Alabama: How To Run Your Own Resistance Evaluation

Herbicide resistant weeds are a growing problem for row crop farmers. Dr. Joyce Tredaway Ducar, an Alabama Extension weed scientist, said scouting fields is critical.

“Scouting is the only way to know which weeds are present, and their patterns in the field can help to understand why they are present,” said Tredaway Ducar.

Adding scouting to your crop and weed management plan can help to maximize your crop yield and profitability.

She explained that herbicide resistant weeds are the results of a naturally occurring process and can be inherited.

“Herbicide-resistant individuals occur naturally in low numbers. These individuals have a herbicide resistance mechanism that allows them to survive the application of a herbicide,” said Tredaway Ducar. “This resistance can be passed from one generation to the next.”

That means a herbicide resistant plant will mature and produce seed. Every year, the number of resistant plants will increase.

If weeds are present after an application of a herbicide, Tredaway Ducar said farmers should determine the reason before automatically assuming that it is herbicide resistance.

“Investigate and rule out all other factors affecting the herbicide performance before suspecting herbicide resistance. Look into and rule out the field’s history, the biology of the weed, the environment, application problems and crop cultural practices before considering herbicide resistance.”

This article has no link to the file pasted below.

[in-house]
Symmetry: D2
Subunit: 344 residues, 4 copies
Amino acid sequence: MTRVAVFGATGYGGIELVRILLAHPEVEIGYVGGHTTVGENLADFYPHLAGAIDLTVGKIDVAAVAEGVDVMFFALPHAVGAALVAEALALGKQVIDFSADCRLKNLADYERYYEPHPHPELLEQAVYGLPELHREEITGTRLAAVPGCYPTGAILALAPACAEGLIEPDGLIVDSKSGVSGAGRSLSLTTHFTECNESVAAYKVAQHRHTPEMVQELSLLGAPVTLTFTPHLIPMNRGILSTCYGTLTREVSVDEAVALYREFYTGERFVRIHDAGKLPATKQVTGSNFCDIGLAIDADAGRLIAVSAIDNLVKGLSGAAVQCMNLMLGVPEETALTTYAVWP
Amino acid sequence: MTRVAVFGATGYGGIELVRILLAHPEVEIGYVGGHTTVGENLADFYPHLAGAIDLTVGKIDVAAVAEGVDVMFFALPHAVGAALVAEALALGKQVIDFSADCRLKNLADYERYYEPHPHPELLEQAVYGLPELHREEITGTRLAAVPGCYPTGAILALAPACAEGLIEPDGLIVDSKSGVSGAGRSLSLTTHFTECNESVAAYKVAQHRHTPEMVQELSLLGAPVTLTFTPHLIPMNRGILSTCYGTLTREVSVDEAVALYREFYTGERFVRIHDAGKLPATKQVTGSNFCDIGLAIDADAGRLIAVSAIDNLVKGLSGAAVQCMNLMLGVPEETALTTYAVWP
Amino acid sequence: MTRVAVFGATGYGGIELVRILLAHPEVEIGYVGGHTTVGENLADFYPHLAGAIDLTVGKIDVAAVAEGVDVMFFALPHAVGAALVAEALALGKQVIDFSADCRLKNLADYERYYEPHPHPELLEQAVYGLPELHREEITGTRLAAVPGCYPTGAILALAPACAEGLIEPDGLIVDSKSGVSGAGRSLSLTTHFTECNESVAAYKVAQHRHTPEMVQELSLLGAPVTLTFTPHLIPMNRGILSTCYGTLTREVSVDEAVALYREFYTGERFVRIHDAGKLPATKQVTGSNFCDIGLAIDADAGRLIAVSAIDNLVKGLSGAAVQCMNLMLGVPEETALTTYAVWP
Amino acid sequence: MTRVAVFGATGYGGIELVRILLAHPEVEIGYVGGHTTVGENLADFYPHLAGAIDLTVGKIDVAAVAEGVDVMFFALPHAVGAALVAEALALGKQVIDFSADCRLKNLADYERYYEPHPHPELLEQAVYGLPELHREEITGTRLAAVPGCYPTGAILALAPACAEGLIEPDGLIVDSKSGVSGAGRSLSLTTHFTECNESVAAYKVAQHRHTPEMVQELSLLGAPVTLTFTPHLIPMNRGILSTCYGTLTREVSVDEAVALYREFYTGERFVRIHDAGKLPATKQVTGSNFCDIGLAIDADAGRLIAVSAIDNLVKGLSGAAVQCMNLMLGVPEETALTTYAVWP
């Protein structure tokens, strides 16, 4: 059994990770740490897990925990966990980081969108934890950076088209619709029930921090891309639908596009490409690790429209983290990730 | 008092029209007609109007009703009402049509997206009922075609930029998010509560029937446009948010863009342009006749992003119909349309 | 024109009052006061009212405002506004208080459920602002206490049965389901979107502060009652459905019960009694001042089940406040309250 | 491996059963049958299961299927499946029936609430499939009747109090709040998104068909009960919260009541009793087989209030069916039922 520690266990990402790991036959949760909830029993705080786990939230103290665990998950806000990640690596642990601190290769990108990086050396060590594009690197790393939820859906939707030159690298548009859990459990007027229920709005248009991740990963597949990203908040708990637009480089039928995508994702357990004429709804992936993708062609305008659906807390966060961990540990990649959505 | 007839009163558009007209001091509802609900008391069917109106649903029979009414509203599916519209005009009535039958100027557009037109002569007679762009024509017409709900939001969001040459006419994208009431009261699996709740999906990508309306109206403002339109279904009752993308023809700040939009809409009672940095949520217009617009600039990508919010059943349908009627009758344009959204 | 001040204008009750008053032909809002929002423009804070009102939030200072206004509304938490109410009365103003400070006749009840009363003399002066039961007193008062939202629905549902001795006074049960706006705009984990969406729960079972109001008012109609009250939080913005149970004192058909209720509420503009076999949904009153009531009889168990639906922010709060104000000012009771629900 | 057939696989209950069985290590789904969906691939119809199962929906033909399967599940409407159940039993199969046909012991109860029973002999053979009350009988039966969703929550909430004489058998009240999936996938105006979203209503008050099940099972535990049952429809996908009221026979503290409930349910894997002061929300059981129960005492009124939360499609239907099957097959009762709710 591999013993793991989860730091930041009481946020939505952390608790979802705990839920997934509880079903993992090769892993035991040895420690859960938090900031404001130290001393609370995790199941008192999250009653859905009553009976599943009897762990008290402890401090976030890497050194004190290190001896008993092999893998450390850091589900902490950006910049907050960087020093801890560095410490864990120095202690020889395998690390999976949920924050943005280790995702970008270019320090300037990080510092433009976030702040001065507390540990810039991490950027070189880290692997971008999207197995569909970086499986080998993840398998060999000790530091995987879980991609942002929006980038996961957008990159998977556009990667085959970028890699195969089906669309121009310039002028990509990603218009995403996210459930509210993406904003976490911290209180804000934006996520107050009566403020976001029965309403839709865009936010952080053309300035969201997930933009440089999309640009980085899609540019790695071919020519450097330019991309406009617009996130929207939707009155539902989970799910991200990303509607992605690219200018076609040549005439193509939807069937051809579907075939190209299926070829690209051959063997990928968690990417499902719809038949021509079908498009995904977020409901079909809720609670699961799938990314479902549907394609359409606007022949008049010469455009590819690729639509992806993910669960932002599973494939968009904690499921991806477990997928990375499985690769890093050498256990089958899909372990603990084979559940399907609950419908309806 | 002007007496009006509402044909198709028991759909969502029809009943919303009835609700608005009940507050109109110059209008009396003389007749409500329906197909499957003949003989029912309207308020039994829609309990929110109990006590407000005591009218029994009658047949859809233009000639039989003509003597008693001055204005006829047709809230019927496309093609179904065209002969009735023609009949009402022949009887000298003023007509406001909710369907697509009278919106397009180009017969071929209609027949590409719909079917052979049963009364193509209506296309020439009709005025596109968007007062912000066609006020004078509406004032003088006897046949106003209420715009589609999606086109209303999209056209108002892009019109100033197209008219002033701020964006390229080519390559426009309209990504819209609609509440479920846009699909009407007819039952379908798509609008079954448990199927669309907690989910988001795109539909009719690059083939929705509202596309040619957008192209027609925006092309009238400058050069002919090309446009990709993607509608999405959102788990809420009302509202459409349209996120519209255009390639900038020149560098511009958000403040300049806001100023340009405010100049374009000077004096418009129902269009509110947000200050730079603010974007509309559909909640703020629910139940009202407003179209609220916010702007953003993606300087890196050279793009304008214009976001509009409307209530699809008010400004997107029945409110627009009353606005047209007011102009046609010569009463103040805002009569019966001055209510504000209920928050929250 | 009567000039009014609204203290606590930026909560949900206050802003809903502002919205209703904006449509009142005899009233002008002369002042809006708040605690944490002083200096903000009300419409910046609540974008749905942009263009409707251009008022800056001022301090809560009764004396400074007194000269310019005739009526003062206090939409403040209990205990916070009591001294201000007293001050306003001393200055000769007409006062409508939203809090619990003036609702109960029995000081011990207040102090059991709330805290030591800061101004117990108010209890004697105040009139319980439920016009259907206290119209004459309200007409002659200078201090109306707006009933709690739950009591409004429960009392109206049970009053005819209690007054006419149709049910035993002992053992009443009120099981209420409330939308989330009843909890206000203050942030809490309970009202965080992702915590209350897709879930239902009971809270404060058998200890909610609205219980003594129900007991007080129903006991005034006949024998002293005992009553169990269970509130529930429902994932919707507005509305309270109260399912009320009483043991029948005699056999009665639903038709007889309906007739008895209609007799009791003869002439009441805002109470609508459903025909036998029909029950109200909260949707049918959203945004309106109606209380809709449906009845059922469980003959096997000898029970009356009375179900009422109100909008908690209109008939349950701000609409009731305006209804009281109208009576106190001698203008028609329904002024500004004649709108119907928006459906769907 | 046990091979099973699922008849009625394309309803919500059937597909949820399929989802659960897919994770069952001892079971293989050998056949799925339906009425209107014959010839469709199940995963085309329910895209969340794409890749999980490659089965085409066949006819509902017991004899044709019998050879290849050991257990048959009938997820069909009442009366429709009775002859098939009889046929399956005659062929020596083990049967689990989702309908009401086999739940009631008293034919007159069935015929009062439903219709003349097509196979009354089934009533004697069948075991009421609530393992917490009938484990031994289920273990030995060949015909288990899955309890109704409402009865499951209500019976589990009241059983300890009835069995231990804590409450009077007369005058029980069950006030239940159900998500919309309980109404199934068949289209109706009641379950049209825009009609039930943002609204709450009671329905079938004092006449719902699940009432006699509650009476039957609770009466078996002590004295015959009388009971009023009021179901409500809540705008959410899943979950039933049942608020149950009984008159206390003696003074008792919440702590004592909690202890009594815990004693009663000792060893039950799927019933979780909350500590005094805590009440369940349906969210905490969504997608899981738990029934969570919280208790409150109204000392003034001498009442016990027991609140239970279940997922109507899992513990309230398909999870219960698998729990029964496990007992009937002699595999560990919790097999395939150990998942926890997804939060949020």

Two methods can be used to confirm herbicide resistance; field and greenhouse. Field confirmation is the easiest for producers to use.

  1. Flag a minimum of 5, but preferably 20, of the healthiest weeds that survived the first herbicide application.
  2. Find an area outside of the field that was not previously sprayed and contains the same species. Flag the same number of weeds.
  3. Spray the weeds in both areas with the same herbicide in two strips – one labeled “rate” and another labeled “twice the labeled rate” (note that crops sprayed with greater than labeled herbicide rates must not be harvested for grain or animal use.)
  4. Evaluate all plants 10 to 14 days after herbicide application

If resistance is suspected, farmers should contact their regional Extension crops agent or Tredaway Ducar so that seed can be collected to confirm resistance. Also she said seed should be collected at maturity.

“Seed should be falling off the seedhead when it is collected. It should be hard, like you would expect crop seed to be,” she said. “Seed that is soft cannot to be used because it is not mature and won’t germinate.”

Tredaway Ducar and her colleagues are trying to determine what resistant weeds are present in Alabama. They have confirmed several resistant weeds including glyphosate-resistant horseweed, Palmer amaranth, common ragweed and ryegrass.

She said that the best management practice to deal with herbicide resistant weeds is diverse control measures.

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“The best strategies to manage herbicide resistance in weeds are established on the concept of diversity. That can be achieved by using mechanical (tillage), cultural (crop rotation), and biological practices in addition to herbicides and by applying several herbicides with different mechanisms of action and overlapping control.”

Tredaway Ducar recommends being proactive in dealing with weeds

“Weed management decisions based on proactive management can be more cost-effective over time compared to programs based on reactive management.”

Strategies to delay herbicide resistance include:

  • Use of multiple herbicides with different mechanisms of actions
  • Tillage
  • Cultural tactics such as crop rotation, plant population and row spacing.

She said implementing management practices early can reduce the risks of yield loss.

“As a herbicide-resistant weed population increases in density and area, yield potential decreases. With a greater than 50 percent infestation, there can be a 50 to 90 percent yield loss.”